Airborne Forces

The Airborne Forces play a particularly important role in these elite units. In August, a 5,000-strong peacekeeping force was organised on the basis of the 31st Airborne Brigade, coupled with a battalion in each of another five airborne divisions and brigades. These units are to be composed entirely of professional contract soldiers and are expected to be able to serve abroad in both UN- and CIS-sponsored peacekeeping missions.

Poorly trained units

However, the rest of the force consists of relatively poorly trained forces, composed primarily of conscripts serving one-year terms. These regular units still lack discipline and are often commanded by low-quality officers. Many positions remain unfilled owing to a lack of conscripts and the unwillingness of sufficient numbers of men to sign contracts for professional military service.

Rearmament plans

From 2016, the army plans large-scale purchases of tanks and armoured vehicles, with the goal of replacing 70% of infantry and tank brigades’ equipment by 2020. The goal is to produce universal combat platforms based on a single chassis that can be modified to serve as tanks, infantry fighting vehicles (IFVs), armoured personnel carriers (APCs) and self-propelled artillery.

New designs are expected to have better armour and to be based on this modular concept that will make them easy to modify for different uses — and to upgrade further in the future. However, ending defence cooperation with Ukrainian suppliers will cause problems and delays for some elements of the rearmament programme.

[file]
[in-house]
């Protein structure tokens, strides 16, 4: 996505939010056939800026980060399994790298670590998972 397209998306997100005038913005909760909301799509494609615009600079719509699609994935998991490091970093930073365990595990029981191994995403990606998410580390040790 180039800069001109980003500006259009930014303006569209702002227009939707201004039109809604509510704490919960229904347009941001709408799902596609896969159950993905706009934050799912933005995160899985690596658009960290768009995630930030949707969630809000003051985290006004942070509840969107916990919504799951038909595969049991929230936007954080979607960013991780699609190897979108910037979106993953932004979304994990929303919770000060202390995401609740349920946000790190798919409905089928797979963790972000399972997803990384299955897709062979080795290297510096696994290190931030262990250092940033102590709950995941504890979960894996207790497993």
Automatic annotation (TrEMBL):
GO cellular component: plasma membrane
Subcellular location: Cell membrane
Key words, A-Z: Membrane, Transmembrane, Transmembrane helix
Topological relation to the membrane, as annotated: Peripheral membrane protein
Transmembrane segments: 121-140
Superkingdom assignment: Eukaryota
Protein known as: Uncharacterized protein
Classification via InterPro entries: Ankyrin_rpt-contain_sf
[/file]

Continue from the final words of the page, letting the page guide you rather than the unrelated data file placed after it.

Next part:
Armata platform

The Armata platform will serve as the basis for heavy fighting vehicles: it has a revamped engine, new transmission and improved chassis strength. Plans call for the procurement of 2,300 Armata battle tanks by 2020. The tank will be closely compatible with the Kurganets tracked IFV.

The Boomerang family of wheeled APCs is scheduled for production from 2015, with approximately 2,000 to be procured by 2020. The new design will also serve as a platform for other types of vehicles that could be used as air defence missile launchers, mortar carriers or fire support vehicles, and for reconnaissance.

Artillery and missile systems

Russian artillery and missile systems are also being modernised.